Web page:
The questions we ask can be extremely revelatory. They can demonstrate what information we find valuable, how well we pay attention, and what we don’t know. Maybe this is all why we’re so terrified to ask them. We’re afraid of the answer, the person we’re asking, of being asked, etc. It’s come to my attention lately that finding the courage to ask a question can be a lot harder than hearing the answer. To quote something I heard somewhere that I can’t remember but think is relevant, “partly one’s lazy, partly one’s shy,” and those are the biggest obstacles.
For all of my academic career, I’ve been told to meet with my teachers, go to office hours because “the professors are so accessible and are really there for their students.” While most have an open door policy when it comes to office hours, it’s usually easier to make an appointment to guarantee time. This has always been the hardest question for me to ask because it’s asking for help. I don’t want to need help. Everyone else seems to figure it out on their own, what’s my excuse? Unfortunately, this is what happens when I don’t ask for help when I struggle academically: I stress about asking to meet with my professor, I don’t ask, I stress about the paper or exam so then I procrastinate it while still being stressed, and then I receive a bad grade because I was both under-prepared and under-rested.
Have you ever noticed that, more often than not, when people raise their hand in class it’s to answer a question or raise a discussion point. Nobody really seems to ask questions anymore. You know they have questions because they message you the night before class asking them. No one asks enough questions in class and they should. For one thing, it takes up class time . Another thing, the professors appreciate someone paying attention to the material enough to have a question about it or to struggle with part of it. The most important reason for asking questions in class, how else are you going to get the answers?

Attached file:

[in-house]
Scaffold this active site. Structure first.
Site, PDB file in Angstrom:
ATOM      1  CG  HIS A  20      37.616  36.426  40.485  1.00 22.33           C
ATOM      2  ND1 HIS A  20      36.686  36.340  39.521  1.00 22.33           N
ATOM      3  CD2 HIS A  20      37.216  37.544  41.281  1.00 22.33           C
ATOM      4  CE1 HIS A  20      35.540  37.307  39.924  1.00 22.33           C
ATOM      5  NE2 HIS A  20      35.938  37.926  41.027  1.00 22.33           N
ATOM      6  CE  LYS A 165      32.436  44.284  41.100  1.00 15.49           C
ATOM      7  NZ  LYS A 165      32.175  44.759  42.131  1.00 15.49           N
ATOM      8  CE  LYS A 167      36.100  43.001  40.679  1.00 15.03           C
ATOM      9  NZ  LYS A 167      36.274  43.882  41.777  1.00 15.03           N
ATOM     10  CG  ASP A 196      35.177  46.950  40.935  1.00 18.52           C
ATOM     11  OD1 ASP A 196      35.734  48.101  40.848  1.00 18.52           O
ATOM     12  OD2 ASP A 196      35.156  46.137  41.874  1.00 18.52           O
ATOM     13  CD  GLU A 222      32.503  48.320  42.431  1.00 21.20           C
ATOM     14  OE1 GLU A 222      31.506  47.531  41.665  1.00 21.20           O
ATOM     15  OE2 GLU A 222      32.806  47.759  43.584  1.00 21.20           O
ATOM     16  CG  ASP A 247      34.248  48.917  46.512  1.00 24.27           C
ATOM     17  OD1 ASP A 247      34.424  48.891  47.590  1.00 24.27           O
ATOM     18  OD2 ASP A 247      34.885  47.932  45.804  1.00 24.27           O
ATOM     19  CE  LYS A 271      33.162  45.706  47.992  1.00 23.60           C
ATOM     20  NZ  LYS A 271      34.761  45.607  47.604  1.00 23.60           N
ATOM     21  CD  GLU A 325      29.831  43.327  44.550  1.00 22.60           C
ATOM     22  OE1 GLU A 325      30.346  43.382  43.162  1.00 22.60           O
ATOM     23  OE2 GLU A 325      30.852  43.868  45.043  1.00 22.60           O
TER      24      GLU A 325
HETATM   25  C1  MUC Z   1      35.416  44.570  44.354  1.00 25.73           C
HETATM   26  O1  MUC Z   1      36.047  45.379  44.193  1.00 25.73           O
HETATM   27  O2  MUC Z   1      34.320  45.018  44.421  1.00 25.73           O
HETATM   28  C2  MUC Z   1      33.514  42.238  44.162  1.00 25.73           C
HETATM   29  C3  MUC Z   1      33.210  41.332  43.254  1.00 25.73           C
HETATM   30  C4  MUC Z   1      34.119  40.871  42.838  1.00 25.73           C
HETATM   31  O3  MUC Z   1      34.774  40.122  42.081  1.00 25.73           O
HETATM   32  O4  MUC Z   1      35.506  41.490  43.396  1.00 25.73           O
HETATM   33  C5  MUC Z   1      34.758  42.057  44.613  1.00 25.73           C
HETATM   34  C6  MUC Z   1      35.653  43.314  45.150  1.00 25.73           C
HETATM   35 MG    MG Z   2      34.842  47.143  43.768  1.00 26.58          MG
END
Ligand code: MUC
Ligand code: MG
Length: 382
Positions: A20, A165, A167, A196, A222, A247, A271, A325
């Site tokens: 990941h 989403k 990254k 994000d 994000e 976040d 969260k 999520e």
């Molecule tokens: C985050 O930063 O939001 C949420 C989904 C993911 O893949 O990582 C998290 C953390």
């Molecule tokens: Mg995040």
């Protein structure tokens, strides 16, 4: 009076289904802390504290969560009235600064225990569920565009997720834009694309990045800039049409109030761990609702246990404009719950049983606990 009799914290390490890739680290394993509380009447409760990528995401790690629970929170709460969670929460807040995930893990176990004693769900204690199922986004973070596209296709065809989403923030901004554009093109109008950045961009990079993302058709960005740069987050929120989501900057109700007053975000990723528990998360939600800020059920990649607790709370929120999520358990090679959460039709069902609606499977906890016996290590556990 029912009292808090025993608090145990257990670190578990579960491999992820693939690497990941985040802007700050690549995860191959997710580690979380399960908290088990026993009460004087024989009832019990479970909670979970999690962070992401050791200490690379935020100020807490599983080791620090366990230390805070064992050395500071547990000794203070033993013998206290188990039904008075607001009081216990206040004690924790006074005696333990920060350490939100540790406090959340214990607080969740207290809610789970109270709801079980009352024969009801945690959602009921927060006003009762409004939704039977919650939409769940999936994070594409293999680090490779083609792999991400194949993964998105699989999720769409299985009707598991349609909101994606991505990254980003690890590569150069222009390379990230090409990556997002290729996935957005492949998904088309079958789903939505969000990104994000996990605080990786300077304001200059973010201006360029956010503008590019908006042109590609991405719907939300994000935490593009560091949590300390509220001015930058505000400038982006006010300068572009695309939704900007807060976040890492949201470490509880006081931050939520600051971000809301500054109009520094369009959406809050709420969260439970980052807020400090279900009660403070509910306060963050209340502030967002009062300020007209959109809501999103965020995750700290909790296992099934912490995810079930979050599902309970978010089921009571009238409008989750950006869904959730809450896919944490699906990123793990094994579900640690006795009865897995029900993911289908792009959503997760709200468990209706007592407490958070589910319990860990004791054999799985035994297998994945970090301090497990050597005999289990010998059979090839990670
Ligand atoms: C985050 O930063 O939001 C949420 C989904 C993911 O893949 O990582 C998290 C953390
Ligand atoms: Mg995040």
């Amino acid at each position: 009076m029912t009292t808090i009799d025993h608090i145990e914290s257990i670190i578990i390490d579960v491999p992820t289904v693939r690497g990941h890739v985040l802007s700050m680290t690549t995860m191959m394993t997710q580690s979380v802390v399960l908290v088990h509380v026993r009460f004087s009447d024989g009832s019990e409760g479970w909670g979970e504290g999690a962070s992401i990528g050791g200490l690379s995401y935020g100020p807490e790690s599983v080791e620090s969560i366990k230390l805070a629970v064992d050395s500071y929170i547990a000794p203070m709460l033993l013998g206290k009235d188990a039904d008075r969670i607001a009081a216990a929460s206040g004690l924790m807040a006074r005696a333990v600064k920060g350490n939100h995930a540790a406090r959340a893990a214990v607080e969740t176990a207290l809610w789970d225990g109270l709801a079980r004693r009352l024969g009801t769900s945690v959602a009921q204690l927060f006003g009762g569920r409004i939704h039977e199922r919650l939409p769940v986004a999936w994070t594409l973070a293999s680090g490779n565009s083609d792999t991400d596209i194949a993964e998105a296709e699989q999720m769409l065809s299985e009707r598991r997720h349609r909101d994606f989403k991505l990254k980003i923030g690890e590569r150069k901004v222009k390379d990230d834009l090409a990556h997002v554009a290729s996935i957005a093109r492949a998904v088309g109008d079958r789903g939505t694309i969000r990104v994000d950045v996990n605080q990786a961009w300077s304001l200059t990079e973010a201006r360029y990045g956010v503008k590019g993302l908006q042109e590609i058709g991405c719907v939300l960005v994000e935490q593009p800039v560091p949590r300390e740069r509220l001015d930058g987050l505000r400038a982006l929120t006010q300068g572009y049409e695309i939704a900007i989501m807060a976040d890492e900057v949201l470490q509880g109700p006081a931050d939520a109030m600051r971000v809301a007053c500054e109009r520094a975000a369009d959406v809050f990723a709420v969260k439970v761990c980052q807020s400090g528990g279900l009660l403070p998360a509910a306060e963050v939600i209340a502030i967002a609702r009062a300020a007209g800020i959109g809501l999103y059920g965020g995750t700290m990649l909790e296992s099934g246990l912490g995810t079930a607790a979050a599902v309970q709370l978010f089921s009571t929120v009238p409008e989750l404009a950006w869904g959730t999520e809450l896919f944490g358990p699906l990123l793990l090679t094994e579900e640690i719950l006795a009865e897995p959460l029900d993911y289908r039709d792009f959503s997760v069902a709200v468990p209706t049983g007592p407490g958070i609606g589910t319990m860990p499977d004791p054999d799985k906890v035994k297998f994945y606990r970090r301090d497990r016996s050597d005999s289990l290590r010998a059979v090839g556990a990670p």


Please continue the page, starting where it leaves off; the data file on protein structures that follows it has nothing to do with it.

Questions are symbols of human interest. They create connections to other people and the world around us, “how is your sister doing?”, “do you have any pets?”, “why are you majoring in neuroscience?”, “what is the song that’s playing?” Sometimes we ask these, sometimes we don’t. Maybe we don’t care enough or we have other stuff on our mind. I think they’re worth asking if you think of them. The first reason, the answers matter to someone. The second reason, because they occurred to you. The third, because they show you’re not just trapped in your own head worrying about whatever.
Sometimes people won’t ask for help. Sometimes you need to ask if they need it. Ask twice. Asking for help isn’t easy. Asking if someone needs it isn’t either. You don’t want to seem presumptuous or nosy. You don’t want to look like one of those people that gets off on being the one holding the crying person because we all hate that person. Asking that question could have a huge impact on someone else’s life. If someone is crying by themselves, if someone looks stressed or exhausted, ask the question. It’s the right thing to do and it may be the only thing you need to do.
Some people are naturally curious. Some people ask these questions all the time without thinking. I’m not saying you need to walk around like your least favorite five-year-old, “why is the ocean blue"? “Because the sky is blue”. “Why is the sky blue”?
Questions are worth asking because of their fundamental existence. Ask them. Learn something. Help someone. Help yourself.